Former health minister Khairy Jamaluddin made the headlines recently when he acknowledged that there was another factor contributing in part to the continuing and worrying brain drain faced by the country.
In his popular “Keluar Sekejap” podcast, Khairy partly attributed the talent migration to “second-class citizens” treatment that has been accorded in varying degrees to the ethnic minorities over the years.
His comment, made in relation to the role played by Talent Corporation Malaysia Bhd (better known as TalentCorp), caught the attention of some people – not so much because it was bold but because it came late in the day from a politician many assumed would have been well informed about and sensitive to the dangers of racial and institutional discrimination all these years.
For many years, many politicians – the ethno-religious nationalists in particular – had avoided the elephant in the room. A few of them have even ventured into imagining Malaysia as a Malay-only land.
TalentCorp is an agency under the Ministry of Human Resources that has been tasked to attract, nurture and retain Malaysian talent and expertise in our collective desire to become a developed nation.
Although there are other roles played by TalentCorp, what it is normally associated with is its “returning experts programme”, a government scheme designed to encourage Malaysian professionals abroad to return home through the use of various incentives. The programme aims to stem the brain drain – caused by highly educated professionals emigrating to take advantage of better career prospects abroad – by offering returnees benefits such as tax breaks and permanent residency for family members.
To reiterate, a factor often cited as playing a vital role in luring some people to seek greener pastures abroad is the eroding sense of belonging to the homeland among those who feel that they’ve been treated as second-class citizens. So, they leave, often with a heavy heart, to places where they feel they will be better appreciated.
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It doesn’t help to improve the situation when there are quarters who still insist that communities other than the majority ethnic Malays are considered “pendatang” (immigrants). Obviously, it is not comforting for the ethnic minorities.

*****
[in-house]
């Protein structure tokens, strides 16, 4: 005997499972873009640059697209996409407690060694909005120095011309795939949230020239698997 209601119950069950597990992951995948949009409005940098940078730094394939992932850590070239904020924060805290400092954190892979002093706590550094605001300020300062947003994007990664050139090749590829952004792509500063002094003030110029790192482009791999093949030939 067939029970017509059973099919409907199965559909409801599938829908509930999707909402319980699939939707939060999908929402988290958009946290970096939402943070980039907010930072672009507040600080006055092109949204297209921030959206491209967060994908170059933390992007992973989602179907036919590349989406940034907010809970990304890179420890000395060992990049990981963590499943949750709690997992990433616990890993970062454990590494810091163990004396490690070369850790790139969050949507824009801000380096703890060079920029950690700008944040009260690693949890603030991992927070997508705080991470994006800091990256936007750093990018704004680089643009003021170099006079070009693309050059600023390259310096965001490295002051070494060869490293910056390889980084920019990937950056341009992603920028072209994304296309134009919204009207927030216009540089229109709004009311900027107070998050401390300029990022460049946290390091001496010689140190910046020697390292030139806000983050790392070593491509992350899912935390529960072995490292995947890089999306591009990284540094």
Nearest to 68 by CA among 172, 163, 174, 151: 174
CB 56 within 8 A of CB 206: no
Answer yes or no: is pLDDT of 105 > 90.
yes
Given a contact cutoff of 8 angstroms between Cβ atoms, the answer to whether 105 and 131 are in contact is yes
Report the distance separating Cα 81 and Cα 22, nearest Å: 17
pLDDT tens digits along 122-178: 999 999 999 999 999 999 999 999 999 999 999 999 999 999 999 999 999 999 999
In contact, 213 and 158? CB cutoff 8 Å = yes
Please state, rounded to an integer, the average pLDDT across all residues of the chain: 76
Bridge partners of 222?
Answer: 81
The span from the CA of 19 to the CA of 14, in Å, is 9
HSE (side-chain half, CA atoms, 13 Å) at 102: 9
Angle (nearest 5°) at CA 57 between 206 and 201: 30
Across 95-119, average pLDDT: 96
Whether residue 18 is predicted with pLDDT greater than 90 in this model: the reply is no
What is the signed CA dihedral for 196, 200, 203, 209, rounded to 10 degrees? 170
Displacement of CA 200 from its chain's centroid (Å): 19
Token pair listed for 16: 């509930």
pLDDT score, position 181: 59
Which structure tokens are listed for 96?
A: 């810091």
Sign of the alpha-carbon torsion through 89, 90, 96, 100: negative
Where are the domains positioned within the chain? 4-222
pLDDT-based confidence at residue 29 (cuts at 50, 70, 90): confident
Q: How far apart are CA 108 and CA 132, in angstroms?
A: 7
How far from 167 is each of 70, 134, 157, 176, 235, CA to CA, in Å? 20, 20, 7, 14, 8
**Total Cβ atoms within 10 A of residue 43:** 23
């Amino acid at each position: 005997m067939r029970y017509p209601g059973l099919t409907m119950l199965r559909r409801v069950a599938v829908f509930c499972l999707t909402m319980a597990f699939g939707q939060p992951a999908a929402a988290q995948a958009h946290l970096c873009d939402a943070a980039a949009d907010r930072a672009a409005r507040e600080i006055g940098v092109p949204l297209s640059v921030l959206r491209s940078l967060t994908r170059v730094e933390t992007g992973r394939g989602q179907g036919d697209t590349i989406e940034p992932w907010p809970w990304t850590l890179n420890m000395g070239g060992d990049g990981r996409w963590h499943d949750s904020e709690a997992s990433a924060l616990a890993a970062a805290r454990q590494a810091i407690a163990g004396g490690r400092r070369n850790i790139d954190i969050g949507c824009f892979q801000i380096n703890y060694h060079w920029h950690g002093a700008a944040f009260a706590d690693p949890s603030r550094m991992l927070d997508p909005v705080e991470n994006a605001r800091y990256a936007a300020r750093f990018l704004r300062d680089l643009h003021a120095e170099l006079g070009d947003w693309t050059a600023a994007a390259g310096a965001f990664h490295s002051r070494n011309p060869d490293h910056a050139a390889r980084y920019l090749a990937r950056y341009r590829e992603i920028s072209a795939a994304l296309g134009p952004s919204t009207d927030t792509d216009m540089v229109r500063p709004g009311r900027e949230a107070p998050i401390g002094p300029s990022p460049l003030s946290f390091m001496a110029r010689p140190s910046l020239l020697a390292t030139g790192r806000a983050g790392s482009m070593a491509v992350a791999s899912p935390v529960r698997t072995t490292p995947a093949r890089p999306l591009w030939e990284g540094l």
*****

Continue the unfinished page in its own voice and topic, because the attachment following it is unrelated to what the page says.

But this doesn’t necessarily mean that only the minorities are affected. There are also Malays who have made the tough decision to leave their beloved tanah airku (homeland).
Apart from economic reasons, they also feel alienated by the lack of appreciation for meritocracy as well as discrimination due to their having the wrong political stripes.
As alluded to above, money is not the only reason. Overseas jobs that match the high-level skills certain Malaysians have acquired, greater democratic space in foreign countries, and a good education system for their children are some of their other reasons.
That is why many Malaysians who left our shores regard Singapore as “the most favoured country”, followed by Australia, the UK, the US and other nations.
In other words, we have lost our own talent who went to schools and public universities funded by our taxpayers, only to be snatched by interested parties in foreign lands.
That was how we ‘lost’ the creator of the world’s first pen-drive, Sekinchan-born Pua Khein Seng, who, after graduating from a Taiwanese university, set up shop in Taiwan.
The current situation must have been so dire that it prompted House of Representatives Speaker Johari Abdul to visit the prestigious Tsinghua University in China, where he urged Malaysian students there to return home after graduation to help develop the country, which is facing many economic challenges.
These students are presumably top scorers of the Unified Examination Certificate, which, incidentally, the Malaysian government has yet to recognise.
Recognising the elephant in the room is only the first step. Next come concrete measures to make these talents from diverse backgrounds feel at home once again. – The Malaysian Insight